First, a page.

Apart from growing his contracting business, he aims at providing his customers as much added value and profitability as possible. “I’ve seen farmers grow from 70 ha/farm on average in 2013 to 100 ha/farm now. I want to help them grow further and increase the quality of their yields.”

It was for this reason ETA Hamon started out in an early stage with low-disturbance soil preparation and mulch and direct drilling as well as the use of precision farming technology. To name just a few:

  • 1998: mulch and direct drilling
  • 2002: yield mapping in cereals
  • 2011: NIR-system on forage harvesters
  • 2012: crop sensor
  • 2014: variable rate drilling
  • 2017: variable rate fungicide application

He also started a cooperation with British precision soil sampling and variable rate application pioneer Soyl for scanning fields for yield potential maps with the Dualem EM soil scanner.

John Deere HarvestLab NIR-sensor

As an example of offering added value to dairy farmers, he says. “We were one of the first contractors in our province to use the John Deere HarvestLab NIR-sensor (Near InfraRed spectroscopy) back in 2011. At that time it could determine just the dry matter content and not yet the product quality. Since 2015 it also determines the crude protein, starch and neutral and acidic detergent fibre (NDF and ADF).”

ETA Hamon uses the HarvestLab sensor to automatically adapt the cutting length of maize based on the dry matter content and cutting length desired by the customer. He charges an additional € 3 fee per hectare for this service.

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For mulch and direct seeding, a French combination is used. The Monosem front tank is combined with the Sly strip till seeder. ETA Hamon is mulch and direct drilling since 1998. – Photo: René Koerhuis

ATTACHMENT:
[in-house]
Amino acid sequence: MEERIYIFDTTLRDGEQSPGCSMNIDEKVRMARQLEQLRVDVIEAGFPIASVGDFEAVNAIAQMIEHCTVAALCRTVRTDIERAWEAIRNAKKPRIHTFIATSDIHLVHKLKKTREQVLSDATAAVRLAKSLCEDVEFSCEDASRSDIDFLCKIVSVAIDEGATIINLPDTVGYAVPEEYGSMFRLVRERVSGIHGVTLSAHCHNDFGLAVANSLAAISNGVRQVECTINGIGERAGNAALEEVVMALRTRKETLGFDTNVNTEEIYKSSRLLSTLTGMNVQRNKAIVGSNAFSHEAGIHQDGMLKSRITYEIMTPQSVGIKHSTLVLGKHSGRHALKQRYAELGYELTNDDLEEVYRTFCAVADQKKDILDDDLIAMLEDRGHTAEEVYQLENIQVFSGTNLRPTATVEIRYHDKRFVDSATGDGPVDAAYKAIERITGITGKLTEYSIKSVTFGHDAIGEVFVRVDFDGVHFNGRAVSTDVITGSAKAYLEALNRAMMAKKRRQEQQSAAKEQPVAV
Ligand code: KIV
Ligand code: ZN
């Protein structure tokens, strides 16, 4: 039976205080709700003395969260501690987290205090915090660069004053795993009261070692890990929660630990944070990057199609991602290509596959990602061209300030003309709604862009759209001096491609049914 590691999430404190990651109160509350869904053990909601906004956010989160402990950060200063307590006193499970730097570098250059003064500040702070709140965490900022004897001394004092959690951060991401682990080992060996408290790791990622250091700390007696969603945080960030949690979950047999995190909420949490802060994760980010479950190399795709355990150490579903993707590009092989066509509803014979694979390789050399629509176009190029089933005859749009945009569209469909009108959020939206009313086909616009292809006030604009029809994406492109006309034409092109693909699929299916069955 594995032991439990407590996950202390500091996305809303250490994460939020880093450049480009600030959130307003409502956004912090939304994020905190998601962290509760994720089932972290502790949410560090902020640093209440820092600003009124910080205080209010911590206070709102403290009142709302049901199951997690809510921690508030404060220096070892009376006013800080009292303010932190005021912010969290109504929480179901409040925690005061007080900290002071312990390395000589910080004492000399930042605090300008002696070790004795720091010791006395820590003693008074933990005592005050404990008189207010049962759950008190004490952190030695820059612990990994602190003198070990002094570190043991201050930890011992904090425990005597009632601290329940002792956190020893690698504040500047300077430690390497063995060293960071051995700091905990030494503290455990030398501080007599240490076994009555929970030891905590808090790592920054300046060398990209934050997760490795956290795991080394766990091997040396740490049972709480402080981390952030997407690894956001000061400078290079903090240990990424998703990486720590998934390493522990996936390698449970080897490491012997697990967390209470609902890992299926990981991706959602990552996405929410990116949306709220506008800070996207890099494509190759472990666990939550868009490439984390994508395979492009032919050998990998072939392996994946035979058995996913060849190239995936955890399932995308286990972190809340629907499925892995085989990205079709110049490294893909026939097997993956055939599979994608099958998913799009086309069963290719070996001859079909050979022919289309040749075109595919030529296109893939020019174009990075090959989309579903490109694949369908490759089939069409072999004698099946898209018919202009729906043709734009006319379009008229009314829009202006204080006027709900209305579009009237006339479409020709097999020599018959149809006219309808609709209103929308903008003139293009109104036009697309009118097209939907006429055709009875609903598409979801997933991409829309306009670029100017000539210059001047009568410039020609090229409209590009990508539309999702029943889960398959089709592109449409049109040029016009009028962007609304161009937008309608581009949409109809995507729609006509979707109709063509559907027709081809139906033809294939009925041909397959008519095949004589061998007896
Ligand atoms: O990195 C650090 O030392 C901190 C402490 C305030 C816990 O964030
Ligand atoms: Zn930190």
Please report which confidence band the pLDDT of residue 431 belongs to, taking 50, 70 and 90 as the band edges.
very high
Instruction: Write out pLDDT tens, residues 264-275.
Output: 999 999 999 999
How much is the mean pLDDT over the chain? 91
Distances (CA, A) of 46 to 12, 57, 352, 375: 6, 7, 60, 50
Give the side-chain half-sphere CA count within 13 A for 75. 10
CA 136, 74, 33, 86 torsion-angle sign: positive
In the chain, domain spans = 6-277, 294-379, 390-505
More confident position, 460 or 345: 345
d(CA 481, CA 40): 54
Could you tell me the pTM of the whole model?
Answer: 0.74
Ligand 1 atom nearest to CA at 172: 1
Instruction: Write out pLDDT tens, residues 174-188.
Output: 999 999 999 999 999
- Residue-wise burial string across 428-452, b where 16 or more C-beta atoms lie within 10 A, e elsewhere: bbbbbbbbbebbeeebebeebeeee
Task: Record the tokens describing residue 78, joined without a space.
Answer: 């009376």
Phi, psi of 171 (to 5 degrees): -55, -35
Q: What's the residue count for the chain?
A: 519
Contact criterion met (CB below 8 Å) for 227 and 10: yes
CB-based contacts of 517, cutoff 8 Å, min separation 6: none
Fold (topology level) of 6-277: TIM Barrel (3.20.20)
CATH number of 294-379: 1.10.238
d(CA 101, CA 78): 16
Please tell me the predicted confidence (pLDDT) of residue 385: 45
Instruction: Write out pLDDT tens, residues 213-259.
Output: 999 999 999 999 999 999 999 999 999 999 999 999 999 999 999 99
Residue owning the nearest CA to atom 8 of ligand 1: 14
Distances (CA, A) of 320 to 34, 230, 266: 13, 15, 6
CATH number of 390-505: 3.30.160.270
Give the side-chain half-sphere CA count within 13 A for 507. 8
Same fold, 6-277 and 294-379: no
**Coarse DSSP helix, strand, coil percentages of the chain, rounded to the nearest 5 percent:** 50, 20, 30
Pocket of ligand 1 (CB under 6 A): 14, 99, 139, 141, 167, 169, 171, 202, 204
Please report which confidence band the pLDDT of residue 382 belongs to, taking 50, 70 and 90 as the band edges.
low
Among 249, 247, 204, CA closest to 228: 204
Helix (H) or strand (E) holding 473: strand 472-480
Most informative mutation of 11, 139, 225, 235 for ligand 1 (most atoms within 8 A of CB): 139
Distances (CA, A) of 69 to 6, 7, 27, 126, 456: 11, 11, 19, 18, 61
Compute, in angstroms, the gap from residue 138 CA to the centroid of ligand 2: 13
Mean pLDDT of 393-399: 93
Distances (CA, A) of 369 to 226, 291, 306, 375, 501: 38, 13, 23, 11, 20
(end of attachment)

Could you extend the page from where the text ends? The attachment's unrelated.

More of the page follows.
NIR in slurry application

ETA Hamon also uses NIR-technology on its two Schuitemaker loading wagons and on two of its Mauguin Citagri slurry tanks. The ones on the Schuitemaker wagons are Italian made Dinamica Generale to determine the dry matter, crude protein, ADF, NDF and ashes in grass silage (the young forage harvesters with HarvestLab sensors are only used for harvesting maize).

This qualitative analysis helps his customers refine their crop harvesting and feed mixes. “But this is not charged yet as the mapping option is not yet available and the way to access the data for the user is not at all user-friendly.”

Variable slurry application

Since 2016, ETA Hamon is using two of its John Deere NIR-sensors on the Mauguin Citagri slurry tanks. The sensor determines the slurry components nitrogen, phosphorus, potassium, ammonium nitrate and the dry matter content in real-time. Variable slurry application is done by means of a prescription map for phosphorus and potassium based on soil sampling, or by means of specific dosage of nitrogen to be applied. Customers are charged with a fee of € 0.08 per unit of nitrogen applied.

We experienced on average a 3% yield increase if we do the side dressing with the N-sensor

ETA Hamon began using the Yara active N-sensor for side dressing nitrogen fertilisers in cereal crops in 2012. He currently uses the sensor to determine the amount of nitrogen fertiliser his Kverneland RO-EDW twin disc spreader with section control needs to apply.

“We experienced on average a 3% yield increase if we do the side dressing with the N-sensor. Besides, it helps applying the allowed maximum nitrogen dosage there were the crop needs most and the fertilisation pays off best. The section control of the spreader helps in applying the granules at exactly the right place.”

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When buying technology, Pierre-Henri first sets out to look for it in his home province Brittany like these Mauguin Citagri slurry tanks of which he runs seven. Two of these can be equipped with the HarvestLab NIR-sensor for qualitative slurry analysis. – Photo: René Koerhuis

‘Companion cropping’

For the second year in a row, Mr Hamon and some of his customers are doing trials with ‘companion cropping’. The trails include field beans as a cover crop in oilseed rape and peas and other legumes as cover crops in maize. It’s another effort of ETA Hamon to help customers becoming more profitable.

“With the legumes we want to increase and optimise the level of protein harvested. We have calculated that harvesting 1% additional protein, equals 300 gram soy beans per cow per day. This way, dairy farmers harvest increased yields from their fields, have to source less protein from elsewhere and thus produce more milk with reduced feeding cost.”

After harvesting the cultivated crops, the legumes act as cover crops during the winter period.